5. What advice would you give to other writers, or to people who are thinking about taking up writing?
I suppose reading again did me a lot of good, so I'd suggest doing that, but not just fiction but non-fiction as well. Read the news, blogs and on subjects that interest you. That gives you the ammo you need to write your stories. And you must write, try to write regularly, just ignore the inner editor and let it flow.
6. What kinds of books do you like to read? Who is your favorite author?
Of course, I like horror and I like political leaning books. King and Koontz certainly rank among my favourites, as well as John Steinbeck and George Orwell. Though, in terms of left-leaning horror, there isn't a lot about. Though, I think whether they're trying to or not, politics comes out in all forms of writing, just not so overtly. And of course, Steinbeck's Grapes of Wrath really can be seen as a horror story. King's The Green Mile is a really excellent book.
7. What do you find most difficult about writing? What do you find most exciting or rewarding?
I go through stages of problems with my writing. Sometimes it's the ideas that aren't coming and at other times, I can't seem to articulate my overflowing ideas and characters. At the moment, I'm having trouble turning my images and ideas into fully-fledged plots and actual stories.I think the point at the end of each stage, the draft, the edit, the submission is so rewarding. It's the thrill of completing something you've put a massive amount of emotional effort into. I really enjoy the feeling when words are pouring out of you, full of action and ideas and you're barely trying.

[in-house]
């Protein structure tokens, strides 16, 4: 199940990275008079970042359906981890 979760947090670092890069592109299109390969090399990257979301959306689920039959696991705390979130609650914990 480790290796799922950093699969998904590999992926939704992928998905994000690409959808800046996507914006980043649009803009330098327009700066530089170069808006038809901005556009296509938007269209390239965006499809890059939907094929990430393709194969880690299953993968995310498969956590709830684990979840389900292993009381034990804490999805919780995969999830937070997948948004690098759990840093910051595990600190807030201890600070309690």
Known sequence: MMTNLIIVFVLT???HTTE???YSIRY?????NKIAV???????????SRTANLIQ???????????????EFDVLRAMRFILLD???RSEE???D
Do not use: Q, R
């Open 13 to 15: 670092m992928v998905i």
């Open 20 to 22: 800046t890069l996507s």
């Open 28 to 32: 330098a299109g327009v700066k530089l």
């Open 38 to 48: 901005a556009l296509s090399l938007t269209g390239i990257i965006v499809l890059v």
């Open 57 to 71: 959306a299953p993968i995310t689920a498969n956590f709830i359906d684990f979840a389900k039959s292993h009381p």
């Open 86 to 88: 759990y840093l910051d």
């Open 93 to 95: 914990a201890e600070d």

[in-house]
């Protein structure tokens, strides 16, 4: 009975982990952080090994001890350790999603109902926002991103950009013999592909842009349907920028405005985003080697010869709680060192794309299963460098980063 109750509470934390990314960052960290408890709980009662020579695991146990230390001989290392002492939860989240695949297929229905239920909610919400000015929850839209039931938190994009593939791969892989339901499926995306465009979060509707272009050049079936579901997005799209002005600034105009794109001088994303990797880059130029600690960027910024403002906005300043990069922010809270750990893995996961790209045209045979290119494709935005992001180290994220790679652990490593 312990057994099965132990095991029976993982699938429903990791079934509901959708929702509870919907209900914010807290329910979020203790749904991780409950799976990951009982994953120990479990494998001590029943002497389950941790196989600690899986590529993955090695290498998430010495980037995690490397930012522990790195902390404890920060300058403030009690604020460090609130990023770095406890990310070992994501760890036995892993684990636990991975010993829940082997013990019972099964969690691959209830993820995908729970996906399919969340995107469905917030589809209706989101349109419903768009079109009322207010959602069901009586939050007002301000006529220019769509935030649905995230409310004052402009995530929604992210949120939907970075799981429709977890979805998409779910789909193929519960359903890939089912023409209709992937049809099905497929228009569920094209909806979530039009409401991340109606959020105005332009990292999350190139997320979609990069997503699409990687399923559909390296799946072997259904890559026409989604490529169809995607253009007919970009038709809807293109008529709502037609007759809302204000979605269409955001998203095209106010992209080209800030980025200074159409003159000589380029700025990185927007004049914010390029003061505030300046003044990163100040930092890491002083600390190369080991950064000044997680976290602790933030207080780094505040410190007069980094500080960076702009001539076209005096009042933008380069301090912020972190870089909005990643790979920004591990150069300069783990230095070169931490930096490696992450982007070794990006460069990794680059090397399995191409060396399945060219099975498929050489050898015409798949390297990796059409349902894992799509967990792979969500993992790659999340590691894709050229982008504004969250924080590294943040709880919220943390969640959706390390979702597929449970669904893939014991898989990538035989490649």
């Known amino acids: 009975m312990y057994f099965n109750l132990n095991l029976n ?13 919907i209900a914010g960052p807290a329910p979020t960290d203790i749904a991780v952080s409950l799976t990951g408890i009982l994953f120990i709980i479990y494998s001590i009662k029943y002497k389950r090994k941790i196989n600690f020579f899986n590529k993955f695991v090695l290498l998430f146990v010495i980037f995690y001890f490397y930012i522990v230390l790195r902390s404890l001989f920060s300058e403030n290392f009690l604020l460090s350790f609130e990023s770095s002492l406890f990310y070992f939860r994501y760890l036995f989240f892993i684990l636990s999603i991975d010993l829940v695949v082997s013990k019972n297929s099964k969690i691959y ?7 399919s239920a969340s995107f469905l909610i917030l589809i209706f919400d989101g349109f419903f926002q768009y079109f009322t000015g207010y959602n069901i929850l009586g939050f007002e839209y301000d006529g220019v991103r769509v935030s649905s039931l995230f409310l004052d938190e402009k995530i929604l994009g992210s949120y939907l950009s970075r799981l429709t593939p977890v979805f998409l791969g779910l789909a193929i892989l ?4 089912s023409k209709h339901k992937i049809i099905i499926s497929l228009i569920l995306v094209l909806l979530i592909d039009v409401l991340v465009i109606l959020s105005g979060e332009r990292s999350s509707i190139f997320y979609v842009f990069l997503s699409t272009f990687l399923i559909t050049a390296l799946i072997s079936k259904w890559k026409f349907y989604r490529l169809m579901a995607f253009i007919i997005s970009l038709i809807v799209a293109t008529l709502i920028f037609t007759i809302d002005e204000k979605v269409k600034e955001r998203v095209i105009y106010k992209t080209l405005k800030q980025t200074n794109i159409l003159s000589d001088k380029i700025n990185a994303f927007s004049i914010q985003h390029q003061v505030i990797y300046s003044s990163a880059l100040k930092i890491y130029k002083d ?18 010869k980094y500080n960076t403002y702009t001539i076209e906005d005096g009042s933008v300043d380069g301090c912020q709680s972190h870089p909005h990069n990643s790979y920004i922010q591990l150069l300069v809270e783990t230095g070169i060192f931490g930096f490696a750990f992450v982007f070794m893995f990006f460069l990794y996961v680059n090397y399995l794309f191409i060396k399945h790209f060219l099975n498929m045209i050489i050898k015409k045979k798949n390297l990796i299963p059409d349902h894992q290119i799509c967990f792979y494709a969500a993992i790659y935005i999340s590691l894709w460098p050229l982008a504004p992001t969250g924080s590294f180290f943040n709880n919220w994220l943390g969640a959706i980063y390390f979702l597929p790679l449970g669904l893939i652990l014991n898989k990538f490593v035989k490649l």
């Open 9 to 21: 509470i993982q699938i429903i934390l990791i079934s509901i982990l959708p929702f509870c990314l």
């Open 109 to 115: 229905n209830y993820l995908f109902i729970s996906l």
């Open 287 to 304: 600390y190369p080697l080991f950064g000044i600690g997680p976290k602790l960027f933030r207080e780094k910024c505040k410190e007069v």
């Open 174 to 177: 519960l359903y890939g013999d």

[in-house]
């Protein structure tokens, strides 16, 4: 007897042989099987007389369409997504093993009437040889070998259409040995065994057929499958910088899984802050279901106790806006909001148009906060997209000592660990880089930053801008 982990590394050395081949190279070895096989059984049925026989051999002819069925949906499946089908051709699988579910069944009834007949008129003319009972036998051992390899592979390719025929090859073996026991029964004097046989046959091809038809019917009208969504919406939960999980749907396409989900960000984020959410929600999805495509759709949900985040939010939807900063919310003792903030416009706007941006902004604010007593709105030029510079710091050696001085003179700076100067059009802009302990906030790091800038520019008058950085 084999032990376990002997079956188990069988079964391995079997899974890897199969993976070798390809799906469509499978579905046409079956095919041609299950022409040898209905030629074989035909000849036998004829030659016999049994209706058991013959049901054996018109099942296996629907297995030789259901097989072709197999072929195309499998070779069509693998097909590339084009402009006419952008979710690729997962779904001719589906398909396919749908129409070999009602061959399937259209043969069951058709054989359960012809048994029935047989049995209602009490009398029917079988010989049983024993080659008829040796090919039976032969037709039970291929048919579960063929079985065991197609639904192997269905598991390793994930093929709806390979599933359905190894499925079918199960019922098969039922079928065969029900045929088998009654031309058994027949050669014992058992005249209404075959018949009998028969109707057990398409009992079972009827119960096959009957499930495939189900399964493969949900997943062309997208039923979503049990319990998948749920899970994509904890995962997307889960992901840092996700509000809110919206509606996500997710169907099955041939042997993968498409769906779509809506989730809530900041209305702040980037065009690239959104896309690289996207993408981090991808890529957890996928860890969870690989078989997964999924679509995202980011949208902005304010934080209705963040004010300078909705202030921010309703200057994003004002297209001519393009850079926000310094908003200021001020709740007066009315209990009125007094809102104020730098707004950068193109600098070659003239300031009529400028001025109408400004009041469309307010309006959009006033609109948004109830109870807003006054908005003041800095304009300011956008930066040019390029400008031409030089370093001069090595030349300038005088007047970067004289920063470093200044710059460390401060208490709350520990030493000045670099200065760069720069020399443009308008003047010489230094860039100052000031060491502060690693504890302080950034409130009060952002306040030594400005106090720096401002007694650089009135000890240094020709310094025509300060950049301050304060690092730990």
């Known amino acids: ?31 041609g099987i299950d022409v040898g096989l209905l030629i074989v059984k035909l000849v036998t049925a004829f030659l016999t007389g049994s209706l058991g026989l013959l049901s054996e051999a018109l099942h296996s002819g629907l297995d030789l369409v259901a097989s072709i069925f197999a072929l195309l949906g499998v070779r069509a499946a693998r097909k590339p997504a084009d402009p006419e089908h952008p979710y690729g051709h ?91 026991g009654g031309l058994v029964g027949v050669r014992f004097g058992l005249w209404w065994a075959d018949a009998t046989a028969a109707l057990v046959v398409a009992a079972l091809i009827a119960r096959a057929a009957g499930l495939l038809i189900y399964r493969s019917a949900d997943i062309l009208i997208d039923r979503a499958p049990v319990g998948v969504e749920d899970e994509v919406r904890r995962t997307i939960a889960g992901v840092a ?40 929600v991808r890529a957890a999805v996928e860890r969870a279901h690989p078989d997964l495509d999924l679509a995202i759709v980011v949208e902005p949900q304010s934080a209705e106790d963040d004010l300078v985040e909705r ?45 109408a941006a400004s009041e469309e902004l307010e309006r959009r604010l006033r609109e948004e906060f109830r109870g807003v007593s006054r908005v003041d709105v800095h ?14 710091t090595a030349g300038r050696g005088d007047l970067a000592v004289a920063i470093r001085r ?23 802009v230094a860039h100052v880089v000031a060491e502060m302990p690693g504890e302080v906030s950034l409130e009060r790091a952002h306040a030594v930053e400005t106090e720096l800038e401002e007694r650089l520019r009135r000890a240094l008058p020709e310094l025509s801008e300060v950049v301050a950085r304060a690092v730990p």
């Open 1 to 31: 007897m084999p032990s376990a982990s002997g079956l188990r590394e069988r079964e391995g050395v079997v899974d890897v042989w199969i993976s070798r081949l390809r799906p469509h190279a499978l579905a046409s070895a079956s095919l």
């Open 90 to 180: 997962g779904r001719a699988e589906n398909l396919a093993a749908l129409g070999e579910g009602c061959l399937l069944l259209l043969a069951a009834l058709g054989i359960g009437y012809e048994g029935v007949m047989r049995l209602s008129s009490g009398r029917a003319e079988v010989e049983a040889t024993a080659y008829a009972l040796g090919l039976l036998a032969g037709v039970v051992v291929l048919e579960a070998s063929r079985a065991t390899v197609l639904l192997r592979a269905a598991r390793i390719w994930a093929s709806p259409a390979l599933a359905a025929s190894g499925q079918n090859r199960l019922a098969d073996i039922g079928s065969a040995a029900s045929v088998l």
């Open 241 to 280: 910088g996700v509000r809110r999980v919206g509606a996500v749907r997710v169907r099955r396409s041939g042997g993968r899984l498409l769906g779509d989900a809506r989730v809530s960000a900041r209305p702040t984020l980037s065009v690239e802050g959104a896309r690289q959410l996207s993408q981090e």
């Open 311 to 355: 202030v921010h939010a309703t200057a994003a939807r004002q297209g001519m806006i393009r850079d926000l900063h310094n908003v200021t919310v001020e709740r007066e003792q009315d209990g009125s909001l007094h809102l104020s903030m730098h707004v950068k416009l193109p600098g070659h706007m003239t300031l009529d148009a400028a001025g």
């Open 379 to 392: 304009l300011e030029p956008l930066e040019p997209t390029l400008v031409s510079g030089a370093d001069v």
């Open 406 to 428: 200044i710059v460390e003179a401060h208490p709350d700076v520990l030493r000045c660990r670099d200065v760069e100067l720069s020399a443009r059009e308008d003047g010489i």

8. How do you balance writing with the rest of your life?
I don't. I was unemployed for about one and a half years after I left school, which doesn't do a lot of for your inspiration. I started working full-time last August and now I'm struggling with all these images and ideas and not enough time to develop a routine to do stuff with them. I tend to write mostly on weekends and sometimes of a night if I'm just itching to write.
9. Can you tell us about your next writing project?
I'm working on short stories this year. I really have found flash fiction a savior recently with my troubles in developing plot because within those 250 or so words you can have a complete story. You don't have to spell the whole thing out for the reader, but in the background it's there, people know there's more to it and there's a history in the actions and the characters. In those short paragraphs, you can reveal the story for yourself. And on the subject of flash fiction, I used run a horror flash fiction carnival, that has recently lay dormant - Tastes of the Darkness - so maybe so readers here would be interested in getting it going again.
Want to know more about Ben? Stop by his website. And make sure to leave a comment on this blog so we know you were here!